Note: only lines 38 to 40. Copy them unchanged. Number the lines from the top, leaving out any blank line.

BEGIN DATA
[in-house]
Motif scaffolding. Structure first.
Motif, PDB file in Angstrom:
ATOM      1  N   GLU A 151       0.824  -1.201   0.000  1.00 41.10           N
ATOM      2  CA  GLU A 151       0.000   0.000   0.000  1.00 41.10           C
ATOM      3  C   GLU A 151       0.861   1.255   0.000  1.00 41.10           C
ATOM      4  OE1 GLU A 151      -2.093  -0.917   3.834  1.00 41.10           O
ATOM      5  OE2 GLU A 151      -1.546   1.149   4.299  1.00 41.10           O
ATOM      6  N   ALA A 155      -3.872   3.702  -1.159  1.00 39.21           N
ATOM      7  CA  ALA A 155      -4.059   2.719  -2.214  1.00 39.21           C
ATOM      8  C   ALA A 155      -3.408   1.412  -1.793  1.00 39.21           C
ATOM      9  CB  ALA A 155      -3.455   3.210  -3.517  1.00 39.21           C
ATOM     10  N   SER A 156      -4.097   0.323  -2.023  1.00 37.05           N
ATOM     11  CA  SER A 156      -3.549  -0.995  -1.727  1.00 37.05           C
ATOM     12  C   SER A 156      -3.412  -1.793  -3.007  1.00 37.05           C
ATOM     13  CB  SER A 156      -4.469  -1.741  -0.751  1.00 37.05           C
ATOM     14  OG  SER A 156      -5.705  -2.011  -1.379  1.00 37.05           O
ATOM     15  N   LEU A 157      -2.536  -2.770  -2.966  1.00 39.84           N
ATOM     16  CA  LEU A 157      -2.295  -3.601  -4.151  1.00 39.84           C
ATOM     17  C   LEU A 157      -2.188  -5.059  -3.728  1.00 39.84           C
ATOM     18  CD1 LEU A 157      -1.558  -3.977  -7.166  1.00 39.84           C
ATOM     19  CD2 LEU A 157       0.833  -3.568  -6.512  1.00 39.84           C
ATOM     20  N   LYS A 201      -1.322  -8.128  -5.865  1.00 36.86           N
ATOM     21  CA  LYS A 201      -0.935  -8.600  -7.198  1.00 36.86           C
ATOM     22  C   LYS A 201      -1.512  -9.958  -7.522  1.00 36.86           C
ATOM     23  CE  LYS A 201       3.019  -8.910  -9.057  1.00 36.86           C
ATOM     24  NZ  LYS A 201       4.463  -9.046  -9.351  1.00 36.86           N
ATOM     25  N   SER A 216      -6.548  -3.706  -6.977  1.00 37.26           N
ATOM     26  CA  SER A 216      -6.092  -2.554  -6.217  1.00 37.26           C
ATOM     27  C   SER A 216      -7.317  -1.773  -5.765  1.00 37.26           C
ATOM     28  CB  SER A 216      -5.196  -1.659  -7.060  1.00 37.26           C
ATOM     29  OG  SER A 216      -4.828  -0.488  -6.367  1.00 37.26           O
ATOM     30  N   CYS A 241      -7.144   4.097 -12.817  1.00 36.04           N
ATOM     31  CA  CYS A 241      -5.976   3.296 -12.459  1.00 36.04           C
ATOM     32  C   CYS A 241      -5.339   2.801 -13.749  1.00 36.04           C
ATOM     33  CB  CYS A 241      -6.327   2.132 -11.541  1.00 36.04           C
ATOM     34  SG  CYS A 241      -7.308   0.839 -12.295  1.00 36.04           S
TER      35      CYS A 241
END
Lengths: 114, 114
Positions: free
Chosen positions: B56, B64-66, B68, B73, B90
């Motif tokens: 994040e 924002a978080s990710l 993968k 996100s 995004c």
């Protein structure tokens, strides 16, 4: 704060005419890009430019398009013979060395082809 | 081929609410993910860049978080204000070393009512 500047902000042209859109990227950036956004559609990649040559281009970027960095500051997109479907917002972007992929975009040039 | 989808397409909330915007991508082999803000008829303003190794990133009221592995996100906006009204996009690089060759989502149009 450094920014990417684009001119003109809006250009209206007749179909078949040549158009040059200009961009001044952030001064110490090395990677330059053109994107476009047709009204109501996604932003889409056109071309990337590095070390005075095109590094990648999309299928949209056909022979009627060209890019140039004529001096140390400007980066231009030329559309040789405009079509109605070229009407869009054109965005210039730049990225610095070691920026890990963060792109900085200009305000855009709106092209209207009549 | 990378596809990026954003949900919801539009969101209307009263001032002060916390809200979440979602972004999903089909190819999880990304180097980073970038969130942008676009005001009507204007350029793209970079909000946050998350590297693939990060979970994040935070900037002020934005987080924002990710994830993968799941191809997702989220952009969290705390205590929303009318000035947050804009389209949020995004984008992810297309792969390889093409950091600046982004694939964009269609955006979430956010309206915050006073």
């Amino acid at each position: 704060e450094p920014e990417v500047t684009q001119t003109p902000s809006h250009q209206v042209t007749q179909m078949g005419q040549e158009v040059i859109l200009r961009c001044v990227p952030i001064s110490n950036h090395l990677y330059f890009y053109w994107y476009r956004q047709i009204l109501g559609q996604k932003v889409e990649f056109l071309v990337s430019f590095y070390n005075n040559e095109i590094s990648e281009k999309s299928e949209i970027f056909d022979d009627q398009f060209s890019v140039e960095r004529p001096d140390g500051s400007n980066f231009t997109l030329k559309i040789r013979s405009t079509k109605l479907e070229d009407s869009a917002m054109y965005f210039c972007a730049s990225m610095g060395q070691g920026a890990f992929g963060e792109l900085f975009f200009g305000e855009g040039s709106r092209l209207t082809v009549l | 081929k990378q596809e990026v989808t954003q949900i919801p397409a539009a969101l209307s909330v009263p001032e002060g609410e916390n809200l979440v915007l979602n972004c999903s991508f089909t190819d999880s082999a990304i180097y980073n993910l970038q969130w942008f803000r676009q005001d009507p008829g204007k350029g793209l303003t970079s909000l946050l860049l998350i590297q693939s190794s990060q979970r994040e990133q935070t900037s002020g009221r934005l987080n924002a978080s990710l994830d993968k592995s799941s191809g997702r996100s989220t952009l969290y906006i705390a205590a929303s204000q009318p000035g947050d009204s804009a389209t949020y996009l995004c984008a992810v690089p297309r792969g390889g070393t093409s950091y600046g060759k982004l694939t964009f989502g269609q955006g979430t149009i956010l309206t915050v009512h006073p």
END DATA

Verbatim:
TER      35      CYS A 241
END
Lengths: 114, 114